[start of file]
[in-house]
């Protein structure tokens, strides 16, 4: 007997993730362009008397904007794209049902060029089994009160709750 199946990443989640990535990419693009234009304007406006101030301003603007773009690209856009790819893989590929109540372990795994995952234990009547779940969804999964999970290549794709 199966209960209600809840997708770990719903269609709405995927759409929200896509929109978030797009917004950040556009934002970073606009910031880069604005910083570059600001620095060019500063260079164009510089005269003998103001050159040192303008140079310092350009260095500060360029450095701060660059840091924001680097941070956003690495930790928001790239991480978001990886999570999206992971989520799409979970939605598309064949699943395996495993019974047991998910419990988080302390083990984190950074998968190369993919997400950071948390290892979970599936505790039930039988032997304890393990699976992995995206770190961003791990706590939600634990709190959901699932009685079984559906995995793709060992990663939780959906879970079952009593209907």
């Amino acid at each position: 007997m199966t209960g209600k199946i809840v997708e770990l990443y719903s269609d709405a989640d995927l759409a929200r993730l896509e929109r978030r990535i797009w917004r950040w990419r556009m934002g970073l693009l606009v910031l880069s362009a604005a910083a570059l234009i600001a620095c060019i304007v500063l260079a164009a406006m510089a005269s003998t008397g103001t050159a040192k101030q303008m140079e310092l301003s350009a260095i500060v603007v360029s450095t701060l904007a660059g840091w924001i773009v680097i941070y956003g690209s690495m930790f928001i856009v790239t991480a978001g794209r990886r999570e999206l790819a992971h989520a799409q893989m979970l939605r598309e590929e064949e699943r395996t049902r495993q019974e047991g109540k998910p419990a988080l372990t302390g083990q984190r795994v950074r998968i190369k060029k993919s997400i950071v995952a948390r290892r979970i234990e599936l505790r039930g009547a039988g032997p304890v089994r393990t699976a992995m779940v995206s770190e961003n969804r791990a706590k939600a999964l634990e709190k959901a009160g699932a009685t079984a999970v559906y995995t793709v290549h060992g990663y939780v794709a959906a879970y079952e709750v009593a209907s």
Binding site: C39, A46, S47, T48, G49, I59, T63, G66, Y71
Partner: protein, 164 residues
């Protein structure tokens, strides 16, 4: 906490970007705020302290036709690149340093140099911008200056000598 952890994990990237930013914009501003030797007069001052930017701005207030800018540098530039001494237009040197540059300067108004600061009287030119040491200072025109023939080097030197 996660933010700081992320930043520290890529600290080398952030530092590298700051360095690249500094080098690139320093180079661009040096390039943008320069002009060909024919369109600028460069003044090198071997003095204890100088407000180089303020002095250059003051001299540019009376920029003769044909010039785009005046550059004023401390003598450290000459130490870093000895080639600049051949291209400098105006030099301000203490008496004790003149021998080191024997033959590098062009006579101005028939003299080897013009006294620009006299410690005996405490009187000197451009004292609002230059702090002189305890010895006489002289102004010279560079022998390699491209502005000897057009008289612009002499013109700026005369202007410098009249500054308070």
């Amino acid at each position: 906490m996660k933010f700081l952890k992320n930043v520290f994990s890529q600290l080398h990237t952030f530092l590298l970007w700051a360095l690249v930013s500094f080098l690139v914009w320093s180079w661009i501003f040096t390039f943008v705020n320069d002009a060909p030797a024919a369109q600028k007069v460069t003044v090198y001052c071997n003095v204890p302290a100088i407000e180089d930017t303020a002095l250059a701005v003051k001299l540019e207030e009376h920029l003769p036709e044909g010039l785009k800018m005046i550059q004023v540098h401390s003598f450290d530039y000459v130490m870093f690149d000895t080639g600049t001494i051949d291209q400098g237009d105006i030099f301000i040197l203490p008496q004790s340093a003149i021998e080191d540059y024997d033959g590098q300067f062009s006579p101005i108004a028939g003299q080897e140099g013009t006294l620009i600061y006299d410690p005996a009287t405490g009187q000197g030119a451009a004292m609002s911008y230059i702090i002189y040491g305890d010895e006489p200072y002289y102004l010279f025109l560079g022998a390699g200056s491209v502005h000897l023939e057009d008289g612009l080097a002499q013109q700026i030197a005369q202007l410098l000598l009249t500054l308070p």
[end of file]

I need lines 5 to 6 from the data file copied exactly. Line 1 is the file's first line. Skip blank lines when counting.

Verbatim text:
Partner: protein, 164 residues
């Protein structure tokens, strides 16, 4: 906490970007705020302290036709690149340093140099911008200056000598 952890994990990237930013914009501003030797007069001052930017701005207030800018540098530039001494237009040197540059300067108004600061009287030119040491200072025109023939080097030197 996660933010700081992320930043520290890529600290080398952030530092590298700051360095690249500094080098690139320093180079661009040096390039943008320069002009060909024919369109600028460069003044090198071997003095204890100088407000180089303020002095250059003051001299540019009376920029003769044909010039785009005046550059004023401390003598450290000459130490870093000895080639600049051949291209400098105006030099301000203490008496004790003149021998080191024997033959590098062009006579101005028939003299080897013009006294620009006299410690005996405490009187000197451009004292609002230059702090002189305890010895006489002289102004010279560079022998390699491209502005000897057009008289612009002499013109700026005369202007410098009249500054308070």